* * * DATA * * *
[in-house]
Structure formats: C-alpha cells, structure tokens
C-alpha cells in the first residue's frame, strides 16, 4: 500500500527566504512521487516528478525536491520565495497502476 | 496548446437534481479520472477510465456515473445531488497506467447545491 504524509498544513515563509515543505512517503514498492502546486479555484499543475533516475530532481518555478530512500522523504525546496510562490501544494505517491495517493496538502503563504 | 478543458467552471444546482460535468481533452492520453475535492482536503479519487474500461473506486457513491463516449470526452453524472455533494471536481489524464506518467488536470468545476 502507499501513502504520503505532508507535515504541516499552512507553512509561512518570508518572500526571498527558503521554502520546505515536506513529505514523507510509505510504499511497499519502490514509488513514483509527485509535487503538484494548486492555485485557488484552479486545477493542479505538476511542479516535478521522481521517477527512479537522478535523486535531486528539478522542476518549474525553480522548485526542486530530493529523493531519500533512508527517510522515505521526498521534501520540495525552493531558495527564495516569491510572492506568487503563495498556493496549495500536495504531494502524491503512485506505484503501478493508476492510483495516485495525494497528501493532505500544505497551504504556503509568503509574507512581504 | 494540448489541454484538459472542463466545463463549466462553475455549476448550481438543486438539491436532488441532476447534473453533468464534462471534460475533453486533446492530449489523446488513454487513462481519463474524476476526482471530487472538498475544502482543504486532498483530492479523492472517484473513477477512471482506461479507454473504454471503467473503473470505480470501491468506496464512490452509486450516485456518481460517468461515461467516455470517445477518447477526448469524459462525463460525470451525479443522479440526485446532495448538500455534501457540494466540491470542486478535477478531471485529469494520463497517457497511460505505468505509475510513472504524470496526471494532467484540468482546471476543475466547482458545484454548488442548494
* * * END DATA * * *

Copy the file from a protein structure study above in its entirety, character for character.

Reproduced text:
[in-house]
Structure formats: C-alpha cells, structure tokens
C-alpha cells in the first residue's frame, strides 16, 4: 500500500527566504512521487516528478525536491520565495497502476 | 496548446437534481479520472477510465456515473445531488497506467447545491 504524509498544513515563509515543505512517503514498492502546486479555484499543475533516475530532481518555478530512500522523504525546496510562490501544494505517491495517493496538502503563504 | 478543458467552471444546482460535468481533452492520453475535492482536503479519487474500461473506486457513491463516449470526452453524472455533494471536481489524464506518467488536470468545476 502507499501513502504520503505532508507535515504541516499552512507553512509561512518570508518572500526571498527558503521554502520546505515536506513529505514523507510509505510504499511497499519502490514509488513514483509527485509535487503538484494548486492555485485557488484552479486545477493542479505538476511542479516535478521522481521517477527512479537522478535523486535531486528539478522542476518549474525553480522548485526542486530530493529523493531519500533512508527517510522515505521526498521534501520540495525552493531558495527564495516569491510572492506568487503563495498556493496549495500536495504531494502524491503512485506505484503501478493508476492510483495516485495525494497528501493532505500544505497551504504556503509568503509574507512581504 | 494540448489541454484538459472542463466545463463549466462553475455549476448550481438543486438539491436532488441532476447534473453533468464534462471534460475533453486533446492530449489523446488513454487513462481519463474524476476526482471530487472538498475544502482543504486532498483530492479523492472517484473513477477512471482506461479507454473504454471503467473503473470505480470501491468506496464512490452509486450516485456518481460517468461515461467516455470517445477518447477526448469524459462525463460525470451525479443522479440526485446532495448538500455534501457540494466540491470542486478535477478531471485529469494520463497517457497511460505505468505509475510513472504524470496526471494532467484540468482546471476543475466547482458545484454548488442548494